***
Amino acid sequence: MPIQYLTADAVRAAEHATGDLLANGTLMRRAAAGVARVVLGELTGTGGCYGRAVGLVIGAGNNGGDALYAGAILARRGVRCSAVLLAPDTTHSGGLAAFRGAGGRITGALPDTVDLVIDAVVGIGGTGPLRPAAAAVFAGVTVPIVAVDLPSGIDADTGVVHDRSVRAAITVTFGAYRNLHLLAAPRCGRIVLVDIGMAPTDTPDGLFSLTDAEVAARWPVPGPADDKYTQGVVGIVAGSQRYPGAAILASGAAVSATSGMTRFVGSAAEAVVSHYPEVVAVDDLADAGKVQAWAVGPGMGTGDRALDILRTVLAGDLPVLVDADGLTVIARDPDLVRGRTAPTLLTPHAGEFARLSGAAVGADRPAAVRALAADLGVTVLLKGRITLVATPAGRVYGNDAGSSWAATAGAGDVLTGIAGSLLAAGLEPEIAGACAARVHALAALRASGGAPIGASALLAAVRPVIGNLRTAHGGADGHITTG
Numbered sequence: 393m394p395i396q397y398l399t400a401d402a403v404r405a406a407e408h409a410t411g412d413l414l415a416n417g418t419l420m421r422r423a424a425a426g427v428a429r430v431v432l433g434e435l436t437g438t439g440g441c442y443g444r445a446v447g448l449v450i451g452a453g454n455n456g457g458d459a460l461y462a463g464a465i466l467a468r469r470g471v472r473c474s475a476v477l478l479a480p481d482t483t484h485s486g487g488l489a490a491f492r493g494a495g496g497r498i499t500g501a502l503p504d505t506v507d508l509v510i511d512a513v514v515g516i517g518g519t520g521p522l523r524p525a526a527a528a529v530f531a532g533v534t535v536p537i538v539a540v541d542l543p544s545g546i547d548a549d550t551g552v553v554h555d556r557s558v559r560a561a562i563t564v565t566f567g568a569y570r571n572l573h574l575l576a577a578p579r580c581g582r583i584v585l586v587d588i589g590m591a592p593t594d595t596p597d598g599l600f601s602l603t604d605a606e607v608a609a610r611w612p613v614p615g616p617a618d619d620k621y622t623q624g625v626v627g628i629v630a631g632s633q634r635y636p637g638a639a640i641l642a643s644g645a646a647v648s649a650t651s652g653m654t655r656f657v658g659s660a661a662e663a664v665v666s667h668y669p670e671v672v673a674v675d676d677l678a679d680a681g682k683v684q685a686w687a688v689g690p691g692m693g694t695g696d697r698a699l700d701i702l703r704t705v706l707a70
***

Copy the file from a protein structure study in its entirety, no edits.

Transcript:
Amino acid sequence: MPIQYLTADAVRAAEHATGDLLANGTLMRRAAAGVARVVLGELTGTGGCYGRAVGLVIGAGNNGGDALYAGAILARRGVRCSAVLLAPDTTHSGGLAAFRGAGGRITGALPDTVDLVIDAVVGIGGTGPLRPAAAAVFAGVTVPIVAVDLPSGIDADTGVVHDRSVRAAITVTFGAYRNLHLLAAPRCGRIVLVDIGMAPTDTPDGLFSLTDAEVAARWPVPGPADDKYTQGVVGIVAGSQRYPGAAILASGAAVSATSGMTRFVGSAAEAVVSHYPEVVAVDDLADAGKVQAWAVGPGMGTGDRALDILRTVLAGDLPVLVDADGLTVIARDPDLVRGRTAPTLLTPHAGEFARLSGAAVGADRPAAVRALAADLGVTVLLKGRITLVATPAGRVYGNDAGSSWAATAGAGDVLTGIAGSLLAAGLEPEIAGACAARVHALAALRASGGAPIGASALLAAVRPVIGNLRTAHGGADGHITTG
Numbered sequence: 393m394p395i396q397y398l399t400a401d402a403v404r405a406a407e408h409a410t411g412d413l414l415a416n417g418t419l420m421r422r423a424a425a426g427v428a429r430v431v432l433g434e435l436t437g438t439g440g441c442y443g444r445a446v447g448l449v450i451g452a453g454n455n456g457g458d459a460l461y462a463g464a465i466l467a468r469r470g471v472r473c474s475a476v477l478l479a480p481d482t483t484h485s486g487g488l489a490a491f492r493g494a495g496g497r498i499t500g501a502l503p504d505t506v507d508l509v510i511d512a513v514v515g516i517g518g519t520g521p522l523r524p525a526a527a528a529v530f531a532g533v534t535v536p537i538v539a540v541d542l543p544s545g546i547d548a549d550t551g552v553v554h555d556r557s558v559r560a561a562i563t564v565t566f567g568a569y570r571n572l573h574l575l576a577a578p579r580c581g582r583i584v585l586v587d588i589g590m591a592p593t594d595t596p597d598g599l600f601s602l603t604d605a606e607v608a609a610r611w612p613v614p615g616p617a618d619d620k621y622t623q624g625v626v627g628i629v630a631g632s633q634r635y636p637g638a639a640i641l642a643s644g645a646a647v648s649a650t651s652g653m654t655r656f657v658g659s660a661a662e663a664v665v666s667h668y669p670e671v672v673a674v675d676d677l678a679d680a681g682k683v684q685a686w687a688v689g690p691g692m693g694t695g696d697r698a699l700d701i702l703r704t705v706l707a70